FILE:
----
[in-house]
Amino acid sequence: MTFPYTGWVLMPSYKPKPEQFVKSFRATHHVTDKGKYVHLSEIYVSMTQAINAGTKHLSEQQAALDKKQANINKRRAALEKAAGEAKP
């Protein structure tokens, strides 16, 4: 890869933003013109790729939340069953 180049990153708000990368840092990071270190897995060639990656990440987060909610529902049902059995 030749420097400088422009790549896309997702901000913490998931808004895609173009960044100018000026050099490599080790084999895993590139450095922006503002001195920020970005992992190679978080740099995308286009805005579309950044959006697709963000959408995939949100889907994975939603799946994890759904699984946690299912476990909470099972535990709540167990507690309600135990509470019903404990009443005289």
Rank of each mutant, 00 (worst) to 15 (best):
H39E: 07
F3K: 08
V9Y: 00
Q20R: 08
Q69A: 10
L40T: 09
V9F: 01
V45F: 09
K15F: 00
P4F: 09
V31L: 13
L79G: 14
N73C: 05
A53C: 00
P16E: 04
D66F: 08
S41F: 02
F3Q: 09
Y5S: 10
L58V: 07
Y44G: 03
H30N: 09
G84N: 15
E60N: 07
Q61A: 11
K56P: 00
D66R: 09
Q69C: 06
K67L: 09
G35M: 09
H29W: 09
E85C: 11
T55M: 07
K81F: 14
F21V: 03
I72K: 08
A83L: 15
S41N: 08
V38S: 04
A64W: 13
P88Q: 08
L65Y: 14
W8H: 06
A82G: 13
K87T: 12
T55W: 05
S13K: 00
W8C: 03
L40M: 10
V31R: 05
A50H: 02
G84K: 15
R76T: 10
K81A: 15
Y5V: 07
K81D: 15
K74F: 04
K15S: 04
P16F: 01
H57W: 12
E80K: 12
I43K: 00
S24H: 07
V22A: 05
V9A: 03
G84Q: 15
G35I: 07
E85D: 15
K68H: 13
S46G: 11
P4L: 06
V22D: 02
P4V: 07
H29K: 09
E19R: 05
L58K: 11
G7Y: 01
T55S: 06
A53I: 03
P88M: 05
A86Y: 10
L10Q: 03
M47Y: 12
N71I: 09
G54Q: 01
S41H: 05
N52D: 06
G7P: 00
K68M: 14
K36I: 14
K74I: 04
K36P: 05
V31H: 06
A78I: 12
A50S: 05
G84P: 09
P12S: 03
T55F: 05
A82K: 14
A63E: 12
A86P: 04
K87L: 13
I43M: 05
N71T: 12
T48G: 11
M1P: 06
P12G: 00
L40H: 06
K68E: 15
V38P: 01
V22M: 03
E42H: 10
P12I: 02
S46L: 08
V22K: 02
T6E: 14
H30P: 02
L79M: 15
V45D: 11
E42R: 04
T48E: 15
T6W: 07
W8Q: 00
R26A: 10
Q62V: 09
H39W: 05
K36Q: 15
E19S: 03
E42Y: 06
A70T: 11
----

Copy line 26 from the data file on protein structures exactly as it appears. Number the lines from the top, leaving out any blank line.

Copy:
H30N: 09